By Wang Wen, Dario Agnote
MANILA, June 30 (Xinhua) -- Philippine new president Rodrigo Duterte on Thursday vowed to tackle the country's problems and rebuild public confidence in the government in his inauguration speech. Experts here believe he faces enormous challenges to achieve his goals.
Duterte won the Philippine presidential election held on May 9 with 16,601,997 votes, a lead of almost 7 million over the second-placer Manuel Roxas.
For many, especially the grassroots, Duterte himself embodies hope of change.
In his inauguration speech, the former Davao City mayor vowed to crack down on illegal drugs, high criminality and corruption, seek peaceful agreements with leftist and Moro rebels, and lift the poor out of poverty.
The 71-year-old politician believed that the "erosion of faith and trust in government" is the most serious problem facing his administration.
"I see the erosion of the people's trust in our country's leaders; the erosion of faith in our judicial system; the erosion of confidence in the capacity of our public servants to make the people's lives better, safer and healthier," he said.
As for government's peaceful agreement with leftist and Moro rebels, Duterte said in his speech that his administration is "committed to implement all signed peace agreements in step with constitutional and legal reforms."
The Duterte administration and the country's leftist movement had already held preliminary talks in the middle of June to set the tone for the resumption of the stalled formal peace process.
Negotiators for the Philippine government and leftist National Democratic Front said the two sides agreed on the agenda of their formal talks in the third week of July in Oslo.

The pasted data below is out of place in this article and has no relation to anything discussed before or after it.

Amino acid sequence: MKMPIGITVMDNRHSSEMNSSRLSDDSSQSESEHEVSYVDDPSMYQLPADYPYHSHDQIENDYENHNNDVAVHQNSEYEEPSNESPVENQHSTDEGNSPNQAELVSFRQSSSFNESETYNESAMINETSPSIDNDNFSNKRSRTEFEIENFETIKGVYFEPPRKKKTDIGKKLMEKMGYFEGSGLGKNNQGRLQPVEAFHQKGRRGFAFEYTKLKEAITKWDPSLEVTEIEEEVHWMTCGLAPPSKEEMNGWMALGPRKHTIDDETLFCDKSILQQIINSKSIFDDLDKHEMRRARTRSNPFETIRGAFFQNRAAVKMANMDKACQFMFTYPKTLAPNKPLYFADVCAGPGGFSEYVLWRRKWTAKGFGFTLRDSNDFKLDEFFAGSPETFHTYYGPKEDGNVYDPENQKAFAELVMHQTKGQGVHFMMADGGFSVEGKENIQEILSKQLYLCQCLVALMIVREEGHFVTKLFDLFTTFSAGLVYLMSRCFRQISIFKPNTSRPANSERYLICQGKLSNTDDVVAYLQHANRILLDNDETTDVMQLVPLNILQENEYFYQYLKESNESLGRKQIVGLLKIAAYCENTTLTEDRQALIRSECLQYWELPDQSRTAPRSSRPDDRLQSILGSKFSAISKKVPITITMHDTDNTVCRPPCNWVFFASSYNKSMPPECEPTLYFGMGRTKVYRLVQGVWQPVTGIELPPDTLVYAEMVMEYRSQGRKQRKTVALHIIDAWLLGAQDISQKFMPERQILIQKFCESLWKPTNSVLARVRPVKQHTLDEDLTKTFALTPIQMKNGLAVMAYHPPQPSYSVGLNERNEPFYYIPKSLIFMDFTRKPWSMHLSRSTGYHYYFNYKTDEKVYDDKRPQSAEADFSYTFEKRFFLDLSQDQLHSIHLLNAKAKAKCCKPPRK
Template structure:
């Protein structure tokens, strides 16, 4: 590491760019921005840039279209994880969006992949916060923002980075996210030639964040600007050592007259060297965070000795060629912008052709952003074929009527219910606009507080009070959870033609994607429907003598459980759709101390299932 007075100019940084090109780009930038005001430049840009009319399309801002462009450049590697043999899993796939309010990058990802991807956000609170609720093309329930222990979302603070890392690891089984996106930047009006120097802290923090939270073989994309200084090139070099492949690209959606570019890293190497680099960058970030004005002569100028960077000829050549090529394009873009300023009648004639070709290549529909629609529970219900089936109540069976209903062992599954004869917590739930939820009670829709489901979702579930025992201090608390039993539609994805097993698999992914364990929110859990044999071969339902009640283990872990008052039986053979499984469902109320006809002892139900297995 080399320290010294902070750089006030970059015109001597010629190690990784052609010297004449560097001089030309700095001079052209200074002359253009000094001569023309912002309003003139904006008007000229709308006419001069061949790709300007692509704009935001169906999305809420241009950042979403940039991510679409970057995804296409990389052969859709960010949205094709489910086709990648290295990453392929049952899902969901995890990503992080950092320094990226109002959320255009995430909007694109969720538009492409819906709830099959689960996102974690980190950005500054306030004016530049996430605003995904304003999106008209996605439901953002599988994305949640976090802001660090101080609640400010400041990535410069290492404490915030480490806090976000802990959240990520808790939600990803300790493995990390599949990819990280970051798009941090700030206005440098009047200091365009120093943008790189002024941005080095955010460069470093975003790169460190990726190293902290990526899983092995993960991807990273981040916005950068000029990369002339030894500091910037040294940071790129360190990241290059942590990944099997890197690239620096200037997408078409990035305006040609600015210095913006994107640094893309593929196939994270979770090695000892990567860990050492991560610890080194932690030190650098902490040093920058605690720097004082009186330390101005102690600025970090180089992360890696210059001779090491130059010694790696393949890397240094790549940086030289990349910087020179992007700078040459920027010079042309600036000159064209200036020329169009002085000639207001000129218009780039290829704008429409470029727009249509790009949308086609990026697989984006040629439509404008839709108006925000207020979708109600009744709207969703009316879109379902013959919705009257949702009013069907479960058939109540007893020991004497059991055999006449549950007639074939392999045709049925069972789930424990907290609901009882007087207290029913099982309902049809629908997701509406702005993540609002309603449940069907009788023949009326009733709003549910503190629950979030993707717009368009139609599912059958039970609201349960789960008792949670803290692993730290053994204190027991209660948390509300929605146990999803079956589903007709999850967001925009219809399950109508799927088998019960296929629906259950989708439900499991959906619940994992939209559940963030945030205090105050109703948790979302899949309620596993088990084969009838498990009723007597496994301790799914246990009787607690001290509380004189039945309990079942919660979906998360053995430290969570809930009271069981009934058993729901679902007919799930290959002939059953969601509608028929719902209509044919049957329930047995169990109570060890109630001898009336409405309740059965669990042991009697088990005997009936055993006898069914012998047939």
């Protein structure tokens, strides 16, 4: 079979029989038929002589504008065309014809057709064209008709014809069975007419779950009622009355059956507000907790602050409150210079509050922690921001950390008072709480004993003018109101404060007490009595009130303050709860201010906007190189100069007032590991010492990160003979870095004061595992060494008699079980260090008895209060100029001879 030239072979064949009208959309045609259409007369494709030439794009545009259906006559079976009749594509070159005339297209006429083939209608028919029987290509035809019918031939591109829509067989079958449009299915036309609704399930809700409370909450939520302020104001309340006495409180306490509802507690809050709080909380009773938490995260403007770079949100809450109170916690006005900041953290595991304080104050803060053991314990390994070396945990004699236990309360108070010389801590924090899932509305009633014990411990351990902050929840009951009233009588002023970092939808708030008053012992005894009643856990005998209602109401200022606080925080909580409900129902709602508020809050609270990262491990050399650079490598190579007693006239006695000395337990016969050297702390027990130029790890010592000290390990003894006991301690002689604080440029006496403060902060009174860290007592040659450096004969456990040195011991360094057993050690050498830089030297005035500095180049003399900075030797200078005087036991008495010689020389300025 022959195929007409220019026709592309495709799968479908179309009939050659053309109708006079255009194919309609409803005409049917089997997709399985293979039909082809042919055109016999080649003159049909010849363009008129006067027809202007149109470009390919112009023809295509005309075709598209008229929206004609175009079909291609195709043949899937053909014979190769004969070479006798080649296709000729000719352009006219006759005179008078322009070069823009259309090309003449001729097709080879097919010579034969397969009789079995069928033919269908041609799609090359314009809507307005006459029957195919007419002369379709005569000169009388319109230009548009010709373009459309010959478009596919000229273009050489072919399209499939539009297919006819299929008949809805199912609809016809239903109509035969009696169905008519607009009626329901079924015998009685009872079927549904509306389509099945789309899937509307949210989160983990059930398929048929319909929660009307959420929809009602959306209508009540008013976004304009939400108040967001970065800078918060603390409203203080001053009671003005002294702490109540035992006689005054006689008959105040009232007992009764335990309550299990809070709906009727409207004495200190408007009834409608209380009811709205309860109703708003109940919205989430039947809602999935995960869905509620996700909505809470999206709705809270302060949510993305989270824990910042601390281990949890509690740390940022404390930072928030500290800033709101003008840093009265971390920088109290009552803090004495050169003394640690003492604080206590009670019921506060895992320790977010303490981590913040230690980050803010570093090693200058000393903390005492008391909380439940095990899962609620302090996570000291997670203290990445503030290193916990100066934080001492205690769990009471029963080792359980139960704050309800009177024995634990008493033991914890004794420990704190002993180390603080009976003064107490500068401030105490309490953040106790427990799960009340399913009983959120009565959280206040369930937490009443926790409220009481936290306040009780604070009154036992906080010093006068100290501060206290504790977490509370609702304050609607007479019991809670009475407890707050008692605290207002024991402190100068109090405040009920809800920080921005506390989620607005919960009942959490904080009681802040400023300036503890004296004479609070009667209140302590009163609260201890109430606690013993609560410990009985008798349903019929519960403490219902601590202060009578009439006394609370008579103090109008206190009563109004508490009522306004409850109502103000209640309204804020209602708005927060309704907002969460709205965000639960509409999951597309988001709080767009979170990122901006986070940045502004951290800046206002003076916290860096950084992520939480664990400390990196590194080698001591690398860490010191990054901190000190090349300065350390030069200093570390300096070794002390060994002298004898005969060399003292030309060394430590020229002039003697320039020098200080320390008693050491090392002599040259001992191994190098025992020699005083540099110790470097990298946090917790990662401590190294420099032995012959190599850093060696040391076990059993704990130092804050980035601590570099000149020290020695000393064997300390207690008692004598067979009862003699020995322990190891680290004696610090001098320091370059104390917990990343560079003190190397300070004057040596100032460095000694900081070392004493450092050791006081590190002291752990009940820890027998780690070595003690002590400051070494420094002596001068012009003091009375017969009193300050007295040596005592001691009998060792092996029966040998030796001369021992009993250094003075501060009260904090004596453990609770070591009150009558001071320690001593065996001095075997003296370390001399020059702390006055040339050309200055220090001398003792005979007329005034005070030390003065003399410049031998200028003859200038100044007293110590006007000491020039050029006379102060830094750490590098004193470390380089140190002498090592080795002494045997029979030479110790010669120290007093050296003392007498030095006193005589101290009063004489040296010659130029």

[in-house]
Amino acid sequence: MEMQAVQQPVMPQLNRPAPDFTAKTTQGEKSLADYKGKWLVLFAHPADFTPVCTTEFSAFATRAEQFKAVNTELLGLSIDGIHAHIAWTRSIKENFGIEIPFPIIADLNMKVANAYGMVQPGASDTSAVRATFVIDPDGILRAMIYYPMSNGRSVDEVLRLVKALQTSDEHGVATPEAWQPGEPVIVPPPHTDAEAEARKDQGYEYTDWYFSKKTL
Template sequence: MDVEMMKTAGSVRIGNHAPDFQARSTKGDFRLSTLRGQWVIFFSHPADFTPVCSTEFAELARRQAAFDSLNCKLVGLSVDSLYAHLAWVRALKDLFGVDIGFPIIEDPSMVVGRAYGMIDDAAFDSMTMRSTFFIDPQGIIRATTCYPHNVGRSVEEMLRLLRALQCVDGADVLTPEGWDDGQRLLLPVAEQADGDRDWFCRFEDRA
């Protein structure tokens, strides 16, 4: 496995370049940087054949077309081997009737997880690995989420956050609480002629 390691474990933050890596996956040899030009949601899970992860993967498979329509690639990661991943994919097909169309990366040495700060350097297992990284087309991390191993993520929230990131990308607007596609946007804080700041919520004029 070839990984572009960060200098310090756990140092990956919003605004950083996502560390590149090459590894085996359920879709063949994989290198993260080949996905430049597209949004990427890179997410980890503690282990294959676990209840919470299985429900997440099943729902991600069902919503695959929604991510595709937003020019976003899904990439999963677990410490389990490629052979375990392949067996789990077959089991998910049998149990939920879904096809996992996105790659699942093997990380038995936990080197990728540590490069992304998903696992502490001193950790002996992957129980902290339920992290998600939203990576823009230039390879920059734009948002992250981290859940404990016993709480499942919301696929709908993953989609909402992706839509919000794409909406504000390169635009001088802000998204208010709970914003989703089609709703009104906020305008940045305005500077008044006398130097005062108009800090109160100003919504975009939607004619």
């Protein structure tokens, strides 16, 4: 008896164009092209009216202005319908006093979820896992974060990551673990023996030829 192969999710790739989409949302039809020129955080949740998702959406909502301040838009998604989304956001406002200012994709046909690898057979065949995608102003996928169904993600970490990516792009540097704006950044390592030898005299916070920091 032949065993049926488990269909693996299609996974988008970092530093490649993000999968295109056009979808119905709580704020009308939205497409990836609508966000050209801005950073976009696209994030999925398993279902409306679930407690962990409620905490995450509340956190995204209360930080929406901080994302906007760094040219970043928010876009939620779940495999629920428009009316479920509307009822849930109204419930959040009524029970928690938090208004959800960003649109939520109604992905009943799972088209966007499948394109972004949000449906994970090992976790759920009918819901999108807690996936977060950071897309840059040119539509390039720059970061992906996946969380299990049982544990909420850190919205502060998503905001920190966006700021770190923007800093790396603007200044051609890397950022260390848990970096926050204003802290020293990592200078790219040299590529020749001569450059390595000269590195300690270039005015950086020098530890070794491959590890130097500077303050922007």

The agenda includes the release of political prisoners, the mode of interim ceasefire and the way to speed up the negotiation process.
Even before he won the May 9 elections, Duterte promised to resume the peace process with the leftist rebels.
The government has been trying to forge peace with the leftist rebels since 1986, but the on-off talks have faltered many times in the past.
In mid-June, Duterte met with leaders of the Moro National Liberation Front and the Moro Islamic Liberation Front in what was described as a "meeting of a brother to a brother."
Experts believed that Duterte must make sure to install the most capable and competent people in the government, otherwise it will be the same-old story.
Emil Jurado, columnist for the daily newspaper The Standard, wrote on Thursday that he doubted the promises to end criminality, illegal drugs and corruption within six months would be realized.
"The most seasoned law enforcers, like former Philippine National Police chief Panfilo Lacson, say this is simply not doable. Unless, of course, Duterte declares martial law or establishes a revolutionary government," he wrote.
Earl Parreno, a political analyst with the Institute of Political and Electoral Reforms, said one of Duterte's biggest challenges is how to manage the people's expectations.
"I have high hopes in his presidency, but I also recognize that there are very high risks," he said, adding that his hope "is anchored on his sincerity and his bias in favor of the poor."
"He raised the bar of expectations really high: can he really implement his anti-crime and anti-corruption policies programs in so short a time? ... Will the masses feel these changes? How is he going to deliver these changes that he promised to the masses. These are the challenges that he needs to address," Parreno said.